Last year, St. Mark’s Church Council felt it was in the best interest of the health of our faith community to not celebrate the Lord’s resurrection with in-person worship. Now, this year, many of us will gather in-person on Easter Sunday, but still it will not be as it was in the past. Everyone will be wearing a mask, there will be physical distancing, and no Easter breakfast or fellowship after the worship service.
We continue to “wait on the Lord” to make things as they were before. And, for those who still feel vulnerable about meeting in-person for health reasons, I would encourage you to continue to gather in community and worship on our St. Mark’s Facebook page.
Like the farmer in James’ analogy, we must be patient for both the early and the late rains will come.
Having grown up on a farm, the one thing I do know, is that a farmer does not sit around and wait for the crops to grow. There are always other chores to keep you busy. Perhaps, there are livestock to feed, buildings and fences to repair, or other crops to fertilize, cultivate, and, if possible, to water.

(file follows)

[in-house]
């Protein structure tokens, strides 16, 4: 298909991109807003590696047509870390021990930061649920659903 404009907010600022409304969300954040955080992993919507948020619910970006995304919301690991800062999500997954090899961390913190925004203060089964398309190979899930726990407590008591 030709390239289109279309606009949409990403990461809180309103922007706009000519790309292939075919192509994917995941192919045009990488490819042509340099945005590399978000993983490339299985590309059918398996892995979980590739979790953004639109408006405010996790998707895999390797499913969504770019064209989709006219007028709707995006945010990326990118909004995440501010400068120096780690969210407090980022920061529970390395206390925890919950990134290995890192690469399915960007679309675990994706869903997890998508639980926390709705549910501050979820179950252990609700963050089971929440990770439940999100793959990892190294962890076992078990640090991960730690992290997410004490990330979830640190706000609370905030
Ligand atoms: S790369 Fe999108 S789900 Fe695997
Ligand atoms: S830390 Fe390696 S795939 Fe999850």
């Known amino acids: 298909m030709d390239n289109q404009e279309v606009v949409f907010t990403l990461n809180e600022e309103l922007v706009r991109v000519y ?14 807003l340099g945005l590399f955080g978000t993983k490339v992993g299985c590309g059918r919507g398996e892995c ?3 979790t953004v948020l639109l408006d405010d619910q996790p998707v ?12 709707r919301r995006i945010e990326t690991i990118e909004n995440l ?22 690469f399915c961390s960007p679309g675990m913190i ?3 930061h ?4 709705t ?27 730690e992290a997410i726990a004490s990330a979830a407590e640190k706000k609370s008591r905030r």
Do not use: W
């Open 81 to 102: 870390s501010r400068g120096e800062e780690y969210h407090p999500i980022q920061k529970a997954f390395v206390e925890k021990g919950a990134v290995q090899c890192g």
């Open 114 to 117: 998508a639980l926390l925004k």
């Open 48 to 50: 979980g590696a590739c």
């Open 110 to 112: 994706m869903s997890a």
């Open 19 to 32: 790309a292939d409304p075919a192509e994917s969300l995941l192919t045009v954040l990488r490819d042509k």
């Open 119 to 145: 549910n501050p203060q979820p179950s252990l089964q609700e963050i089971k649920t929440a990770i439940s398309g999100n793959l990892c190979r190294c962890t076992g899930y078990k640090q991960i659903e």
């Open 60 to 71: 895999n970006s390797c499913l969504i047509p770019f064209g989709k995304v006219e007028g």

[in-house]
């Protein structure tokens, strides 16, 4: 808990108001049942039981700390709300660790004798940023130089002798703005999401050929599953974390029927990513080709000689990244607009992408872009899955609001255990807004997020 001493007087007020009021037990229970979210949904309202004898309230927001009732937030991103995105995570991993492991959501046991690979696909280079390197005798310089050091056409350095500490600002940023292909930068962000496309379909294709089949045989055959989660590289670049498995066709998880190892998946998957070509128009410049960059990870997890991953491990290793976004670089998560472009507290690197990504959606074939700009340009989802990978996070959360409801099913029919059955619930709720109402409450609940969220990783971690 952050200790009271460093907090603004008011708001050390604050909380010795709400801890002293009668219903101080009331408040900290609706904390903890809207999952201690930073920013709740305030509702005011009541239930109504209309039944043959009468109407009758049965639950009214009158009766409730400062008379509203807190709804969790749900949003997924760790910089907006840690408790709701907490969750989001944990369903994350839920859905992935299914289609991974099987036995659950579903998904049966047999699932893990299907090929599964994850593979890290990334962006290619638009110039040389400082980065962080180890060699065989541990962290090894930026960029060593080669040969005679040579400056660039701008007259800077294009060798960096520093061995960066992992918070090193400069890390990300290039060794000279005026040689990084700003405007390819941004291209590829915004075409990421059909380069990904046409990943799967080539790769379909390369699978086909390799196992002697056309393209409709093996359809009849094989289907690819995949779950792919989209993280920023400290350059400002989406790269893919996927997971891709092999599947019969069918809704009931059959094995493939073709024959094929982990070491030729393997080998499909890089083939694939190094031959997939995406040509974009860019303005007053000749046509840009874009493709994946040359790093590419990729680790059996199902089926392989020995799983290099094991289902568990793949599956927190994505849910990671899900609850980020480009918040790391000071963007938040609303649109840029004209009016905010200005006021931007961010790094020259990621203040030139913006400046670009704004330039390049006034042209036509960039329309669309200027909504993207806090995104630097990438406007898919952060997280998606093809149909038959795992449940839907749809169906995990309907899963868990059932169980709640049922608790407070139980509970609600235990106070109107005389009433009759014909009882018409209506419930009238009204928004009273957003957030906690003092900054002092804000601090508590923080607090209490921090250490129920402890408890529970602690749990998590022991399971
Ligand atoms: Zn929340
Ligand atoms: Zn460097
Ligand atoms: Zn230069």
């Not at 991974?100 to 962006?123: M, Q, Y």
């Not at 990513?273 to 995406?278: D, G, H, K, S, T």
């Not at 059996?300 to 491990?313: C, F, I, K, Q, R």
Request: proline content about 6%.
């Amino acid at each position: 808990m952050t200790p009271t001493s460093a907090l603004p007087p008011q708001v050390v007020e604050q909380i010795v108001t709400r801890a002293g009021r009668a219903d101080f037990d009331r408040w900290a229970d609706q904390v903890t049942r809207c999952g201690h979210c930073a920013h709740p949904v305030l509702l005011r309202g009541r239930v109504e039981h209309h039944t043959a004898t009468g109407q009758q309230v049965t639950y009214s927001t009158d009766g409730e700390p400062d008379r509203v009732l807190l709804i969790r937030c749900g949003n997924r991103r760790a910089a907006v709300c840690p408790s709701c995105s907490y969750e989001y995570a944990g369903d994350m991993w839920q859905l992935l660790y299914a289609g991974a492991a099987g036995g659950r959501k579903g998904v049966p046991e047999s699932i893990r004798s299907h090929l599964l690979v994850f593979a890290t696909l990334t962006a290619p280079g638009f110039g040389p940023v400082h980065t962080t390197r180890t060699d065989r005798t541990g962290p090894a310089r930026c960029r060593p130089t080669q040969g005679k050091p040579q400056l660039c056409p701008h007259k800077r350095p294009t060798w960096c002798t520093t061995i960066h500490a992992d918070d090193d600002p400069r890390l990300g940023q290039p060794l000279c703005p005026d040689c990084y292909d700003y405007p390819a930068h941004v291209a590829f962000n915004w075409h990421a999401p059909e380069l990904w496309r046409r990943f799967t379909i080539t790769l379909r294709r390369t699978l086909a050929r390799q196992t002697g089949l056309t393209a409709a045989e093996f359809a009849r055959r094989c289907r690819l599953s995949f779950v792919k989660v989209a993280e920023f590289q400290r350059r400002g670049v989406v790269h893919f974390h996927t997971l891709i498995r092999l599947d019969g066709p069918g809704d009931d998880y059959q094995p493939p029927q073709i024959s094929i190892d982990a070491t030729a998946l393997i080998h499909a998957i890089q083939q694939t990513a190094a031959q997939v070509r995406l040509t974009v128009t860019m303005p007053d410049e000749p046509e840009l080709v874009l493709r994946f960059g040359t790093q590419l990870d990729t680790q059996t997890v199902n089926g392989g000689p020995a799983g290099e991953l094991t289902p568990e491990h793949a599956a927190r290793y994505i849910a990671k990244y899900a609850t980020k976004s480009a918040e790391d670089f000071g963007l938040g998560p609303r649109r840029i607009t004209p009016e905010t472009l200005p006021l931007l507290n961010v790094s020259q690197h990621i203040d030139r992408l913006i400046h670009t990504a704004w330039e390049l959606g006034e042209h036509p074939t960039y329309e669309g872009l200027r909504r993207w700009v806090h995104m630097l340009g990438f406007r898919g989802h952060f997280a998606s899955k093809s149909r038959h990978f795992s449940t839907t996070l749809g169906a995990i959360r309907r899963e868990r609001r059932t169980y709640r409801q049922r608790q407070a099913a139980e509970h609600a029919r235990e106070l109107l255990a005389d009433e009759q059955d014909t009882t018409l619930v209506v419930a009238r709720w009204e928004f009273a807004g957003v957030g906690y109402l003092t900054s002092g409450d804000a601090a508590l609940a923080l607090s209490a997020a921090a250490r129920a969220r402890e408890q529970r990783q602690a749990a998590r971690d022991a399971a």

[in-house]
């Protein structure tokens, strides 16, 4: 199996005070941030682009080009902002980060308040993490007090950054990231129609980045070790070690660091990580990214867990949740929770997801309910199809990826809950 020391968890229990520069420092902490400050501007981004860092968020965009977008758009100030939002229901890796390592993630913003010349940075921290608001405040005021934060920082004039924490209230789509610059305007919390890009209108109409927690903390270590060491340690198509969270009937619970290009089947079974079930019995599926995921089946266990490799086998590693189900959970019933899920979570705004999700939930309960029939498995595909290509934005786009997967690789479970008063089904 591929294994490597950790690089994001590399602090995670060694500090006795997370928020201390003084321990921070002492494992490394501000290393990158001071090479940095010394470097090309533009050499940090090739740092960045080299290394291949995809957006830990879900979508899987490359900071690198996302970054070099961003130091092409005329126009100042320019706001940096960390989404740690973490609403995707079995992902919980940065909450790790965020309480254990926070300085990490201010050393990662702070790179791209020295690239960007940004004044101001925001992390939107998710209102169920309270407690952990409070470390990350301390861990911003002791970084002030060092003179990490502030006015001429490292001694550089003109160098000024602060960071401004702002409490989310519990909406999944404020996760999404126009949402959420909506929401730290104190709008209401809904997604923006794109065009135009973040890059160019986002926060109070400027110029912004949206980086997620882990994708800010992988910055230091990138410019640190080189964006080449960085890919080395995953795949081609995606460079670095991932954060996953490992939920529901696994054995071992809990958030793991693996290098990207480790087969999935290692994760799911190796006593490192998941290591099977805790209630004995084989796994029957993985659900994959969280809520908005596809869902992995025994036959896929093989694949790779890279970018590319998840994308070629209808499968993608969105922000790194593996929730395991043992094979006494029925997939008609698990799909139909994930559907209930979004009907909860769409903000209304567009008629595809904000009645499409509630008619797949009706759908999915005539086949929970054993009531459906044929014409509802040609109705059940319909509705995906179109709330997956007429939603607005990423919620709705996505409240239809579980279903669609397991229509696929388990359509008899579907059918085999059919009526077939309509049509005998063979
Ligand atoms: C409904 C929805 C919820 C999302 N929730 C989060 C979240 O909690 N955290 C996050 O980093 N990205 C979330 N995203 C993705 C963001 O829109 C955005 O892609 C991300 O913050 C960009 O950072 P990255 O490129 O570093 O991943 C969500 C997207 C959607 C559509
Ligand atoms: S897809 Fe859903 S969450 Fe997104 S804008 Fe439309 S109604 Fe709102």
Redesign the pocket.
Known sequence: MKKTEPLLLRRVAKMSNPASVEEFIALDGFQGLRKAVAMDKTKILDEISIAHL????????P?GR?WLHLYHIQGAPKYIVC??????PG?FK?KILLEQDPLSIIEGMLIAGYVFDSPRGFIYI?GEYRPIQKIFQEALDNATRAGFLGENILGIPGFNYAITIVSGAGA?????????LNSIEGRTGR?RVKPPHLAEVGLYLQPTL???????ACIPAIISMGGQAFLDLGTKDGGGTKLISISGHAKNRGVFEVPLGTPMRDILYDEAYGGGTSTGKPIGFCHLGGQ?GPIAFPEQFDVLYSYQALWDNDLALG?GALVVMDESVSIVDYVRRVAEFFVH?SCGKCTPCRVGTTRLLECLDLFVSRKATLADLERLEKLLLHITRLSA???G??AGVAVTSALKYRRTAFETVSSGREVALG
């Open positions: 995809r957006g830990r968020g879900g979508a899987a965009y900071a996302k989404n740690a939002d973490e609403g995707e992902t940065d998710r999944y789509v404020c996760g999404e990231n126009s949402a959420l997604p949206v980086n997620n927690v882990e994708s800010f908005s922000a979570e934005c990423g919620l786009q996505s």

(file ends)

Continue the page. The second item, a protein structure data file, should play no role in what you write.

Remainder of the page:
Waiting on the Lord does not mean that we stop doing what we can.
The story is told of a of a long-time church member who would interject the same advice into every problem. At some point in the discussion, he would stand up and say, “Let’s pray about it and turn it over to God to take care of.” Praying for God’s guidance is always wise no matter the circumstance, however, we ought to remember that God is at work, not only through our prayers, but through our actions.
Perhaps, no New Testament writer knows this better than James, who says, “But be doers of the word, and not merely hearers who deceive themselves” (James 1:22). James was a doer, but he also believed in the power of prayer, as he encouraged the community to continually and confidently pray for healing, forgiveness, and restoration of the Christian community.
This year, as we celebrate our Lord’s resurrection and move forward confidently in ministry, let us pray for healing, forgiveness, the restoration of the Christian community, and a renewed vision for our church and our own faith life. And let us continue to do ministry where and when we can, as we wait on the Lord for the early and late rains.
God’s continued blessings during this season of Easter!